The high water gave us the rare opportunity to paddle through the Pelican Bay Cut, right across what are sometimes open fields.  This time they were inundated with enough water that we were never more shallow than a foot or so and we wove our way through the wocus and carex toward the main channel that leads from Rocky Point out to Klamath Lake proper.

Mt McLoughlin east facing side from Pelican Bay

It was a gorgeous morning, a beautiful paddle, and it felt wonderful to be back in our old home turf or should I say home water.  After loading up the kayaks, we drove the short distance back to Harriman Springs Resort and opted for a beer sitting on the beautiful outdoor deck overlooking Harriman Spring where we had so recently paddled.

Mattie wasn’t old enough for a beer, but she did enjoy sitting on the patio and acting like a grownup.

It was a perfect 3 day, 2 night getaway, filled with the heady fragrance of firs and campfires, fresh air and blue skies. Fish Lake is so close to us, and it doesn’t seem nearly as crowded and busy as Lake of the Woods or Howard Prairie.  I will have to check the reservoir levels, but I am sure we will return again for a spur of the moment quickie campout that is just over an hour from home.


Sunday, June 30, 2019

06-30-2019 Small Town Times in Grants Pass Oregon

Current Location: Sunset House in Grants Pass on a clear summer day with temps in the 80’s

May is probably the most perfect month in Grants Pass, when the rhodies bloom

You probably noticed the giant gap in my writing between our return home from the cross country trip to Florida and our early May camping trip to Nehalem.  I know that I would notice in a year or two when I tried to find out what we were doing and there is nothing but empty space on the blog.  Ah well, I do have my calendars, both paper and Google, and the google calendar has a LOT of stuff in there. 

I always wanted a doublefile viburnum and here she is, growing great, even though bloomtime is short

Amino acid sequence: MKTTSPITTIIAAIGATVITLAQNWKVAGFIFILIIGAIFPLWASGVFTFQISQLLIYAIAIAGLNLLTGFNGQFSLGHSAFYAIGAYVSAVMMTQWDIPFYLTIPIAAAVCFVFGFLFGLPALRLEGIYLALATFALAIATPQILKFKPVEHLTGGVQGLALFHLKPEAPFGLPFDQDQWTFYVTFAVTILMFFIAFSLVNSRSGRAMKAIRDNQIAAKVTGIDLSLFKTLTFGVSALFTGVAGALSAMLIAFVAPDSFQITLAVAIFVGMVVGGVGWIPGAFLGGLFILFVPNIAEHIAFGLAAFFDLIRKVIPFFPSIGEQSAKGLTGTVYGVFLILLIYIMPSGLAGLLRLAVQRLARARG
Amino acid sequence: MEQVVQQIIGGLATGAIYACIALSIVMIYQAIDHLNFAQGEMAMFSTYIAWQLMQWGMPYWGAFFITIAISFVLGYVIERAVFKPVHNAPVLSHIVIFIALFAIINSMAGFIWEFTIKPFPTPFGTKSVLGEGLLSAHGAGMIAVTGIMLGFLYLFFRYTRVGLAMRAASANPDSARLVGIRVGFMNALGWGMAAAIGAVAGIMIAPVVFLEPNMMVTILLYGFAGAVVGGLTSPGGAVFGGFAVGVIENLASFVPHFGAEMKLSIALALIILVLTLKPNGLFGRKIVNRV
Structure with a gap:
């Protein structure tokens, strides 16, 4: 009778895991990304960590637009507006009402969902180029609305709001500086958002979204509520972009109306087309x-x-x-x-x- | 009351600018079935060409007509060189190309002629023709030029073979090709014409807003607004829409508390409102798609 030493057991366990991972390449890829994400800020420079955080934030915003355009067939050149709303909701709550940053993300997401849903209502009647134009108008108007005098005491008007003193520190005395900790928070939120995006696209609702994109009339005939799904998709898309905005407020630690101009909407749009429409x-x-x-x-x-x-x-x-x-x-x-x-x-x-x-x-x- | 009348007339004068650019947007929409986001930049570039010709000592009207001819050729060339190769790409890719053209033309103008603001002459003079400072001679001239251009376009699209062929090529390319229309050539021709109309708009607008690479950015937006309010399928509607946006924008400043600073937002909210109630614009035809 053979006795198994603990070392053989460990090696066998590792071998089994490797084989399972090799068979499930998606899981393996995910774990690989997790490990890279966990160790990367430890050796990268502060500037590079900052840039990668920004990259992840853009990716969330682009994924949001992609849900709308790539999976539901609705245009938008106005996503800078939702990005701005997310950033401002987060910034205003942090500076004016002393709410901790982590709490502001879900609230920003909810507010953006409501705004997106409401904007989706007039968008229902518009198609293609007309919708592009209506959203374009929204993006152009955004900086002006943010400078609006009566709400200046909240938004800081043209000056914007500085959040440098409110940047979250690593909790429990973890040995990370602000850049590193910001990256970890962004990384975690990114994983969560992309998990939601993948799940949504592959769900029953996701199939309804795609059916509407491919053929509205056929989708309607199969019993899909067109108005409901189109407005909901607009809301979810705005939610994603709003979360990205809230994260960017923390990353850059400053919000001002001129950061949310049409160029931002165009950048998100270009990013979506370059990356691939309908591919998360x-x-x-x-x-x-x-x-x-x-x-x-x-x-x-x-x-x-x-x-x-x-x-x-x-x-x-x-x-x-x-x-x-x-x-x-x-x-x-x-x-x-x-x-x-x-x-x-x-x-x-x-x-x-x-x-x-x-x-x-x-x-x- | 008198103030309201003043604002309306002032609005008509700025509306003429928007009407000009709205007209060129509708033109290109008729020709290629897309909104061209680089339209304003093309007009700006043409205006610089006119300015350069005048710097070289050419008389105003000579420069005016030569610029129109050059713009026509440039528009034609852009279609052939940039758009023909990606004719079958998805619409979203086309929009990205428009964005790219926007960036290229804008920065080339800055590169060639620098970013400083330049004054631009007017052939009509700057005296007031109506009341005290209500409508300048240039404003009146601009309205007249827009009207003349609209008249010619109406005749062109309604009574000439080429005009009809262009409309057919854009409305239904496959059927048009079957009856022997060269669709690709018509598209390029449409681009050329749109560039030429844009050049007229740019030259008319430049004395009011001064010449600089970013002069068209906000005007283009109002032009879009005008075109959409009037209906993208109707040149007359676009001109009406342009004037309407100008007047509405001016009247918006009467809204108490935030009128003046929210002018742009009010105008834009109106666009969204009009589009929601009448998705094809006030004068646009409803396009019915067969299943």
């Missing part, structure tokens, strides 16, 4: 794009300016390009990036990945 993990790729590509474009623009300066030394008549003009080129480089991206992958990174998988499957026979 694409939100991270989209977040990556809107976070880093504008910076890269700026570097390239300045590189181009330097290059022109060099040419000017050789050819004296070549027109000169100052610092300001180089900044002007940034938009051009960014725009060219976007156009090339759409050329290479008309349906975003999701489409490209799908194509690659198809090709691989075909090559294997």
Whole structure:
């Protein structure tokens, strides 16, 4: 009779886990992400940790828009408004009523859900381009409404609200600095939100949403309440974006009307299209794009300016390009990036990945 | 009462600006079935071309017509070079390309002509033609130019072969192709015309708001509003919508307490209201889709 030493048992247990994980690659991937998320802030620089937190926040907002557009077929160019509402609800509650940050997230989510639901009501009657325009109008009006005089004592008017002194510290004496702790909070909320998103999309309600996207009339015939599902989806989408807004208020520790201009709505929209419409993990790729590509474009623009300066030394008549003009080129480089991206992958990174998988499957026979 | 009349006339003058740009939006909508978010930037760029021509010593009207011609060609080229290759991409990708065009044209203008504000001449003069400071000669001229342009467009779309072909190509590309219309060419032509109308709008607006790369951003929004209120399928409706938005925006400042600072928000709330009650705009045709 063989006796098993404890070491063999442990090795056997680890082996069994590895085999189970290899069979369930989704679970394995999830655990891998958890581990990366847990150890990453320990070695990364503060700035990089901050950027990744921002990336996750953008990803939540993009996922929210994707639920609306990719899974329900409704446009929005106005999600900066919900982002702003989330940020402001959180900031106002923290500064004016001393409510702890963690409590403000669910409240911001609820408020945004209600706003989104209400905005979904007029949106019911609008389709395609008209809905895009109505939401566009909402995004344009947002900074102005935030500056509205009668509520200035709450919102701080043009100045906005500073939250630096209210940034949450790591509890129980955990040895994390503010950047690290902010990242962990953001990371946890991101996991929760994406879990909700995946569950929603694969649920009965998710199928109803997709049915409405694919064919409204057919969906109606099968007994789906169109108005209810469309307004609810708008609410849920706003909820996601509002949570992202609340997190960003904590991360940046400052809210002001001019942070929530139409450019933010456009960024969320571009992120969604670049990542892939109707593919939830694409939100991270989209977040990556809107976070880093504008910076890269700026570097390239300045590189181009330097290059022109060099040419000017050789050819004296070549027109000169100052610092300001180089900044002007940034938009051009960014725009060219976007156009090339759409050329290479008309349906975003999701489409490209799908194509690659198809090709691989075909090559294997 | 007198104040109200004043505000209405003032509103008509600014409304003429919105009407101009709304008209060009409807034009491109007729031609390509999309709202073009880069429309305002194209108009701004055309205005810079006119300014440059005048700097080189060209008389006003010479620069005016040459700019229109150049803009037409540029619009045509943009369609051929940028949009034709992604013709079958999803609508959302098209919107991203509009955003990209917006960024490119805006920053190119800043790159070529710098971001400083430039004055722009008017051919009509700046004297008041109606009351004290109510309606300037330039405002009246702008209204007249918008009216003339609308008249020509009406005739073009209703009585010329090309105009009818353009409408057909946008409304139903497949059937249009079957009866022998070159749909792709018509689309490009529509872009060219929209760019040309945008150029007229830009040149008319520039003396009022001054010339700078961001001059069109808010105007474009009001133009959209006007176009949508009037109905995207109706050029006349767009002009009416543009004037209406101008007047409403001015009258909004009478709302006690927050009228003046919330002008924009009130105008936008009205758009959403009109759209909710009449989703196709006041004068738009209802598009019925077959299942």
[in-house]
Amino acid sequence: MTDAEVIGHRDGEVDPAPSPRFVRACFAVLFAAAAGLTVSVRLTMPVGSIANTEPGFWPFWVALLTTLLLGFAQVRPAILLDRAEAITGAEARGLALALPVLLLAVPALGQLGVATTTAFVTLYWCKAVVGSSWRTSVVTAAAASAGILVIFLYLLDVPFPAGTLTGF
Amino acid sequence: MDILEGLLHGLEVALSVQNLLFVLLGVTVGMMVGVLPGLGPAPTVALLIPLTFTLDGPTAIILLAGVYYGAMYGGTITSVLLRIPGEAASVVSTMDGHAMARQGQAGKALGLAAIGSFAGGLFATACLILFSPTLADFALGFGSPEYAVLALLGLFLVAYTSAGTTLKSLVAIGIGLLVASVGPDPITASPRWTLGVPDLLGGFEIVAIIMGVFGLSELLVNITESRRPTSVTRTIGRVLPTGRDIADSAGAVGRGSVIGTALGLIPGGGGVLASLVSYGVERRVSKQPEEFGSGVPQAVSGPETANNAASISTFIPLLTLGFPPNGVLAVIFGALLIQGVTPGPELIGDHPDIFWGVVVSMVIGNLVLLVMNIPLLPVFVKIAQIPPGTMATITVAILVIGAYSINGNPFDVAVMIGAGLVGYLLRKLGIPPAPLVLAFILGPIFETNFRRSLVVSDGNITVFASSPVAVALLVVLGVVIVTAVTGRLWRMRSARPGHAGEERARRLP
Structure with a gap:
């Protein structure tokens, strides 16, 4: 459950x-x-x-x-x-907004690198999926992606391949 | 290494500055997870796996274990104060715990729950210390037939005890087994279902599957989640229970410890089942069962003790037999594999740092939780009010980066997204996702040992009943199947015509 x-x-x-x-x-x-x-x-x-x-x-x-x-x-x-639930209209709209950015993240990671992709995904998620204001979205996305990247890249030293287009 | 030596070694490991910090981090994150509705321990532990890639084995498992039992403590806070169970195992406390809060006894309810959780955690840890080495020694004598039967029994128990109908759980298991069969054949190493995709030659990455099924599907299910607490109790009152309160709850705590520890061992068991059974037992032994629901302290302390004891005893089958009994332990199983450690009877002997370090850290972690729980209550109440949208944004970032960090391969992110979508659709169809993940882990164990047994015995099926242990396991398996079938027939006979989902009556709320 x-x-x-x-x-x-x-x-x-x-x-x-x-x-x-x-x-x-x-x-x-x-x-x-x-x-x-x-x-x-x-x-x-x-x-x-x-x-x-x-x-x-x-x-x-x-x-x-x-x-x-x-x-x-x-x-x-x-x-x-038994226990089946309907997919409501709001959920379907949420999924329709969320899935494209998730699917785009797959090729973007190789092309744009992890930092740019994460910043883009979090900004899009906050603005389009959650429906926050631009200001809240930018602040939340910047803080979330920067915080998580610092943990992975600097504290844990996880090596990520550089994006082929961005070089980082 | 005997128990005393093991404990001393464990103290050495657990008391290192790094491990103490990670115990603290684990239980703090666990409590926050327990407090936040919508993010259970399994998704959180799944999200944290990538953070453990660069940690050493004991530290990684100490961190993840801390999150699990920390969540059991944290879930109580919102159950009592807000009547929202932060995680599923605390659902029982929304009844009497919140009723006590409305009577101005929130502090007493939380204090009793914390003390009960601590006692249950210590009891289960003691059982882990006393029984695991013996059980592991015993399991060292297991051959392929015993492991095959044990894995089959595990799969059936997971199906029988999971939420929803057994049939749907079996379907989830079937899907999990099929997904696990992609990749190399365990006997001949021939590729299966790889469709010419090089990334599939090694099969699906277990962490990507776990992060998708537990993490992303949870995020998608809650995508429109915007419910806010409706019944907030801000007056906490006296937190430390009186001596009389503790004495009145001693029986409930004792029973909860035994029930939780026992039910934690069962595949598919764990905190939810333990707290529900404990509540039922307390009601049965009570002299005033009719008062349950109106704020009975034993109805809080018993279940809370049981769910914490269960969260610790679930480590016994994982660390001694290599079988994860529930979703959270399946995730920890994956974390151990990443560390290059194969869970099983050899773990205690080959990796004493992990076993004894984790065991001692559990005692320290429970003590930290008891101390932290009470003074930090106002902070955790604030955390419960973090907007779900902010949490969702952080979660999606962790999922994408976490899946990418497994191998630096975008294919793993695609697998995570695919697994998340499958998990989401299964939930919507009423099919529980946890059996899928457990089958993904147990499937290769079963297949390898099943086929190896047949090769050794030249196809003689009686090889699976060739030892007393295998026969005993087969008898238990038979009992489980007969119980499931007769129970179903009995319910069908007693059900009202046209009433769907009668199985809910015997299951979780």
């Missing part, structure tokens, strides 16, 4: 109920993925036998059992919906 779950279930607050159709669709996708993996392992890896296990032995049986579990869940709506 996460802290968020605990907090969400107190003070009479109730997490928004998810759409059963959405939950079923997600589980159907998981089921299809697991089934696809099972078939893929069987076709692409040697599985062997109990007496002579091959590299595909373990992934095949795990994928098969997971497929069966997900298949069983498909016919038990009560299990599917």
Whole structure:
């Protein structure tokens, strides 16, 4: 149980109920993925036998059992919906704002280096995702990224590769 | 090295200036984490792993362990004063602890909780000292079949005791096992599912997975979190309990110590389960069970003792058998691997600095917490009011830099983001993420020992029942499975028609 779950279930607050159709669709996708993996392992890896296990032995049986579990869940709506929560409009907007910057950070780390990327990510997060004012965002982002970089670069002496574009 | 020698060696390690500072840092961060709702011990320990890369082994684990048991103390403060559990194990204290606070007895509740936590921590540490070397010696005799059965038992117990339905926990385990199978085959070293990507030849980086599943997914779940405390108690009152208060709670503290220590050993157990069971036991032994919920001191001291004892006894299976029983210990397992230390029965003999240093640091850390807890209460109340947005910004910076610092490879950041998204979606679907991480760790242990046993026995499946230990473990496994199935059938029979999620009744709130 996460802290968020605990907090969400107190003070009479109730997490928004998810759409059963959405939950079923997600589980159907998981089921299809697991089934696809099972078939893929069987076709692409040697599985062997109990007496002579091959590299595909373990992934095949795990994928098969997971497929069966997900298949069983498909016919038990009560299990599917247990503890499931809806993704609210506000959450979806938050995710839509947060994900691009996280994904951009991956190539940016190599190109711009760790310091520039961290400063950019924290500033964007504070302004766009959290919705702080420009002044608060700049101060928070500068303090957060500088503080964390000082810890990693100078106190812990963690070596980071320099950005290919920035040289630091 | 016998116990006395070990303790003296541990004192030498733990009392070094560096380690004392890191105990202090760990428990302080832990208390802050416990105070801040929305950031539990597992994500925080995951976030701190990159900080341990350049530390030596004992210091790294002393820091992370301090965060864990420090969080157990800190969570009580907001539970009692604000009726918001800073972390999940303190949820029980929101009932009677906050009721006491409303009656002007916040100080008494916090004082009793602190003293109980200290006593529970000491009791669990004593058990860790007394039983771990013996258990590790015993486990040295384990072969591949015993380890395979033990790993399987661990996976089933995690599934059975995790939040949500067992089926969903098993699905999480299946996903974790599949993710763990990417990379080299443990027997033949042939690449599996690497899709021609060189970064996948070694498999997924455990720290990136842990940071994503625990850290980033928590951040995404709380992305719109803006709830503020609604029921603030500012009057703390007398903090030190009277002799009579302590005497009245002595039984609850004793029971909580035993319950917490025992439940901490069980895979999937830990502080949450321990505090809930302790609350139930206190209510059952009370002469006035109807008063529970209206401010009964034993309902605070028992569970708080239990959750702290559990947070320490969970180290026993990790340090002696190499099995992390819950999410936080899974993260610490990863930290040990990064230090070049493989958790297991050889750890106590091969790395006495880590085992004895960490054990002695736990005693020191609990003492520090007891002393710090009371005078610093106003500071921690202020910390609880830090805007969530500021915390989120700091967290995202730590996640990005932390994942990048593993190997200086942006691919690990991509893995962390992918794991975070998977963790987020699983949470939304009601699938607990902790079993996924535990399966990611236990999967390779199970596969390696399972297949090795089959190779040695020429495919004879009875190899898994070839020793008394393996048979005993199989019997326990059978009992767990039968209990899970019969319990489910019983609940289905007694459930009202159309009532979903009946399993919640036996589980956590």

I read that google calendar went down yesterday for a few hours.  Lucky for me I was busy elsewhere so avoided the complete panic that might have ensued.  Lately it is the only way I can begin to keep track of all the doctor, dentist, eye care, car repairs, hot tub installations with orientation, and other myriad appointments that seem to be filling up all our days.

We actually managed another camping trip in the midst of all this, just 2 nights at a local lake, but I will have to write about that one in a separate post.  This time I am going to try to recreate all the “stuff” that has kept us so busy for the last couple of months.

April was chilly and rainy, but it didn’t stop us from spending a lot of time and energy on cleaning up almost 3 months of winter and early spring debris in the yard.  I love our oaks, but they do drop a lot of “Stuff’.  We managed several dump loads and by Easter everything was clean and fresh and flowers were blooming. 

We also spent some time working with Jared, probably the most amazing tile setter around, who managed to install our antique tiles on the backsplash in the kitchen.  It was amazing to see the tiles go in, and Jared charged us quite a bit less than his original bid because we did all the arranging and planning ourselves and all he had to do was stick them to the wall.